Here, we indulged in freshly-cooked meats (lamb, goat, black pig) produced by local farmers with a traditional Portuguese garnish of olive oil-braised whole young potatoes.

A historical village of enchanted beauty, Castelo Rodrigo lay ahead, steeped in time and wrapped in a misty drizzle. By the time we’ve arrived, the sun, still invisible behind the clouds, was setting, and our home-made dinner was quickly delivered to an elegantly set table by Ana Berliner, the hostess of a boutique hotel, Casa da Cisterna where we were about to spend the night.

A biologist, born in Lisbon, and later enamored with the Coa Valley area, Ana settled in Castelo Rodrigo with her husband and daughters, and became a hotelier/restaurateur extraordinaire. On top of that, she entered a licensed guide program for Coa Archeological Park UNESCO World Heritage site of Paleolithic engravings found by the Coa River. The prehistoric rock engravings were discovered in Vila Nova de Foz Coa in the 1990s during a study for a proposed dam construction, and the archeological park was created in 1996 as an open air museum.

That night, Ana took us on a tour of the engravings, and with a strong flashlight in hand, showed us line by line and curve by curve the amazingly precise depictions of longhorn cows, horses, and deer, still pertinent to the area, and a mind-boggling image of an upstream-flowing salmon mirroring the nearby real river flow direction.

Once again, a shiny blue swimming pool by the hotel, made out of an old cistern that served as a water reservoir for the village and gave its name to Casa da Cisterna, remained but a dreamy vision. We had to depart early morning for Faia Brava Wildlife Reserve, also in the Coa Valley.

Now looking back at all the wonderful nature parks of Portugal I was so lucky to visit on this trip I can decidedly say that should there be only one park to visit and only one wildlife area to explore I would be heavily biased toward Faia Brava. The sheer vastness of this rocky hilly area studded with cork oaks and bright bursts of fennel and lavender shrubs and red poppies, a V-shape valley down below with a river running through it, its tall cliffs and boulders, its sunny meadows carpeted with white and yellow flowers, and especially its wildlife makes Faia Brava a dreamland for a nature lover.

The first privately owned protected wildlife habitat in the country, Faia Brava is a pilot area of the Rewilding Europe project since 2010.

Met at the park entrance by two experts on the area – Luis Pedro Ribeiro from Transumancia e Natureza Associasao (a non-profit environmental NGO) and Dr. Henk Smit – a board member of the park, our group was taken on an exciting adventure in the wilderness, devoid of human presence, and admittedly rarely traversed by hikers and bikers. On our journey we visited a high point from which we could observe through a telescope rare species of Griffon vultures and Egyptian vultures nesting in the cliffs. We met a family of wild Garrano horses with shiny, as if polished, chestnut-colored bodies and long raven-black manes. We couldn’t get enough of winding trails, partially conquered in a four-wheel drive, partially on foot, until it was time for lunch, and our gracious hostess from Casa da Cisterna, Ana Berliner arrived on the scene again with a home-made lunch of incredible delicacies and a bottle of champagne!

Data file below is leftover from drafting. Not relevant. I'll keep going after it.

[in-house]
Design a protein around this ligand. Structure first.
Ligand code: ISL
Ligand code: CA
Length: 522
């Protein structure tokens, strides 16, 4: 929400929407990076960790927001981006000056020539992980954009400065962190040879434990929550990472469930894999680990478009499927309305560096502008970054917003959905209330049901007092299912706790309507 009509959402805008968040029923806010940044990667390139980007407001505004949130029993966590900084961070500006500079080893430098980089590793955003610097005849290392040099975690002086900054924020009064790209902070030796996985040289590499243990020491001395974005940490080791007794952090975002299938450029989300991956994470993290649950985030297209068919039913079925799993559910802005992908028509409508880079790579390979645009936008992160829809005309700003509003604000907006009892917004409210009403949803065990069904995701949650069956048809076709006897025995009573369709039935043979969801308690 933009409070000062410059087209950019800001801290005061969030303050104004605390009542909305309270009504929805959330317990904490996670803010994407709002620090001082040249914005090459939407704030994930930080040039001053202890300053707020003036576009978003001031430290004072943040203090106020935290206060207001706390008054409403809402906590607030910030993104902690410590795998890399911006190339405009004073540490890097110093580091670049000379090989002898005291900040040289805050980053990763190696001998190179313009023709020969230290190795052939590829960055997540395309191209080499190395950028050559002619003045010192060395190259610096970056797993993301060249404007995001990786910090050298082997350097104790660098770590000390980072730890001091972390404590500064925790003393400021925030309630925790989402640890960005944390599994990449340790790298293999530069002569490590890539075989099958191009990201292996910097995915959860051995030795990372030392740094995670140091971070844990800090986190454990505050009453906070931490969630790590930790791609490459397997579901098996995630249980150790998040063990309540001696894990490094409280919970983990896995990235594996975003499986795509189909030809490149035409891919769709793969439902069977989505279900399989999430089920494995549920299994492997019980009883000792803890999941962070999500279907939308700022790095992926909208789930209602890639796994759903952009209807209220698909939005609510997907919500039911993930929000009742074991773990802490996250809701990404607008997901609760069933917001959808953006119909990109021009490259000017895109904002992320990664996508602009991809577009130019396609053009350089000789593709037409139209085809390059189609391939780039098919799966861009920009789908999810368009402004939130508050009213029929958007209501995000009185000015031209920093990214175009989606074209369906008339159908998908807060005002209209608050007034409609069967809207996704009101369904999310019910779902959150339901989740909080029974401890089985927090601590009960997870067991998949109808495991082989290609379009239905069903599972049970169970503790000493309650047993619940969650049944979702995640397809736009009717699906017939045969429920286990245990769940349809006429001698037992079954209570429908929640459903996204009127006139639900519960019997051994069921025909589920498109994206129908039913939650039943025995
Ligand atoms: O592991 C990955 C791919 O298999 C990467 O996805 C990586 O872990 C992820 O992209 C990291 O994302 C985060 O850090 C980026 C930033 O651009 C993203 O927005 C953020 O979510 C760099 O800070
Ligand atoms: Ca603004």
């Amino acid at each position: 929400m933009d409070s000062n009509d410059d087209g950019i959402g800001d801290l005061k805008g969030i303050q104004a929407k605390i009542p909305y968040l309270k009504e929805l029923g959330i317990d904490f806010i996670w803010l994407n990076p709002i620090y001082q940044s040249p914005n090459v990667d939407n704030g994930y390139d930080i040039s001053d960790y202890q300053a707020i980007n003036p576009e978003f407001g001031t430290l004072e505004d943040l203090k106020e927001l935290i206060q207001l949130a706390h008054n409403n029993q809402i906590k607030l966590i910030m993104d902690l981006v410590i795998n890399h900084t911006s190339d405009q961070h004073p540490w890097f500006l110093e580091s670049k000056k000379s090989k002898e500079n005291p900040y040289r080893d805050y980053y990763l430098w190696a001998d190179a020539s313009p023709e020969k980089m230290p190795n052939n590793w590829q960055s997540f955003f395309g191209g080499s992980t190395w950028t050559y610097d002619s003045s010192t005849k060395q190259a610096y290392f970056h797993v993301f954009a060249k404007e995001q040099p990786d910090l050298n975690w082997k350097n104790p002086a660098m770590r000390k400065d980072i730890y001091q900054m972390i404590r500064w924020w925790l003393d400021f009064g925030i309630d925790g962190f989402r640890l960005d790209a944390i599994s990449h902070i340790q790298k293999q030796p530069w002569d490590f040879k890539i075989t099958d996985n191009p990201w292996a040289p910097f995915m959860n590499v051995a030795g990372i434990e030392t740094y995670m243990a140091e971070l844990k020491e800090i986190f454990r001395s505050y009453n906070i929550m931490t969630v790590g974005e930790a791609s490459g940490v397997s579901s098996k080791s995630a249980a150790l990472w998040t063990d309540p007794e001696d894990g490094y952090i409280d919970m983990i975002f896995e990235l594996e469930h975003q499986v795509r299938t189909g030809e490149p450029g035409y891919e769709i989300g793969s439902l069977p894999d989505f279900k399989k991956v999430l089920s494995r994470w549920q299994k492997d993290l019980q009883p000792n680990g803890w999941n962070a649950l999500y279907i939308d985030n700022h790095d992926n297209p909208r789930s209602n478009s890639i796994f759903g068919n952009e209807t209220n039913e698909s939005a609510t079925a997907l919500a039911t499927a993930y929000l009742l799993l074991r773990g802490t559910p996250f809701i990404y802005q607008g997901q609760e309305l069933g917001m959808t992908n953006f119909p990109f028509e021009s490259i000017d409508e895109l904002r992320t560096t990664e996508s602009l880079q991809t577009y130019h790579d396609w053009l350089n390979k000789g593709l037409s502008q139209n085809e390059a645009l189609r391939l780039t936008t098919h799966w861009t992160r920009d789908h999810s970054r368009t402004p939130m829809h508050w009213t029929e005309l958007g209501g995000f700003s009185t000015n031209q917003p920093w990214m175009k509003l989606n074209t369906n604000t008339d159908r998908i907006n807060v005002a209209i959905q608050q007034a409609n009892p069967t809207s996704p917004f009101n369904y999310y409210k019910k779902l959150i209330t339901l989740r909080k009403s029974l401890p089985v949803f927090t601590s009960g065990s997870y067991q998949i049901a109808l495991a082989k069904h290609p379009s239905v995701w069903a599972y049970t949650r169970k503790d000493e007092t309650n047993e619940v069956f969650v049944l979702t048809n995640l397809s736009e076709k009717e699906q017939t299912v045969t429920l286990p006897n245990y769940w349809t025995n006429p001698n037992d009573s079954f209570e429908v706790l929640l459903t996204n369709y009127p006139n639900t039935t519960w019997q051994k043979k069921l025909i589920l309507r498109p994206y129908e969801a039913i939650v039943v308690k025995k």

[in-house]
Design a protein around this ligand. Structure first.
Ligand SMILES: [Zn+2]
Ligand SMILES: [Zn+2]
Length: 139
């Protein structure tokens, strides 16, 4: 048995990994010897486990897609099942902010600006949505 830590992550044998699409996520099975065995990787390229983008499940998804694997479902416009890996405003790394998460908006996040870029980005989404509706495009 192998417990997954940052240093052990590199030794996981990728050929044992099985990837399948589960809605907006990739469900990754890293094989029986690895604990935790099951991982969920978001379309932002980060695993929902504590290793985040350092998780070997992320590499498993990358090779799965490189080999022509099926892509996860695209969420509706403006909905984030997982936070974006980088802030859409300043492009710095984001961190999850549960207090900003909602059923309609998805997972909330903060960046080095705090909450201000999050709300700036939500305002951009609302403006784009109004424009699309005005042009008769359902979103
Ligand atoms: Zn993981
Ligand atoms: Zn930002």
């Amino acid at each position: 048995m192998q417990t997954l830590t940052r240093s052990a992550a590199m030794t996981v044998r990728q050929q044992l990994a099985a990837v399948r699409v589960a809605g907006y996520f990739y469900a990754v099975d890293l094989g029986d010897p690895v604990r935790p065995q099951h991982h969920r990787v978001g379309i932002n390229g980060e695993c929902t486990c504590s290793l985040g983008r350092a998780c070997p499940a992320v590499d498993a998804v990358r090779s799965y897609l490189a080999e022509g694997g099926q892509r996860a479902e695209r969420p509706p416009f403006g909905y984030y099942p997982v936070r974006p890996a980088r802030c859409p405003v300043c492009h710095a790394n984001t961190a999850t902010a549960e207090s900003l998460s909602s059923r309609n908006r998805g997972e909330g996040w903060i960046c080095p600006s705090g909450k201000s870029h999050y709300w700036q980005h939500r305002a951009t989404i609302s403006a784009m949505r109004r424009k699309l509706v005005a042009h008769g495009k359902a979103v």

At our next stop, at Hotel & Spa Alfandega da Fe we were finally able to indulge in a serene warm spring-fed pool before a lavish dinner of Portuguese specialties at the hotel restaurant.

Early in the morning we continued our journey to Geres – a thermal spring area in the north, long known as a healing resort for countless ailments. Geres village is a charming and well-equipped visitor-oriented place with several nice hotels (we stayed at the grand Aguas do Geres Hotel, Termas e Spa), good restaurants (our lunch at Petiscos da Bo Gusta was freshly prepared and tasty), and a gorgeous park with old trees and a waterfall running through the city streets.

From Geres, we explored the surrounding parkland and more of the fairy-tale little villages. Peneda Geres National Park, located along the border with Spain, is formed by a 300-million-year-old granite mountains and the Homem River. It contains countless labyrinths of serpentine trails among the pines and oaks, with good paved roads often invaded by pasturing cows and wild horses.

In our exploits, we stopped for lunch at a Restaurante Espigueiro do Soajo, known for its young wines traditionally served in little bowls, and its extensive menu of house-made meat dishes made with local lamb, pork, and goat.

The village of Soajo is famous for its ages-old rustic corn storage houses on stilts, mysteriously-looking and adorned with crosses to ward off evil spirits.

I must say that in our entire journey through the nature parks of Portugal we’ve met only benevolent spirits – friendly locals, smiling, easily engaging, and ready to help even if we all had to rely on non-verbal communication to be understood by each other. In my book, Portugal is a great tourist destination – immensely beautiful, hospitable and safe to travel.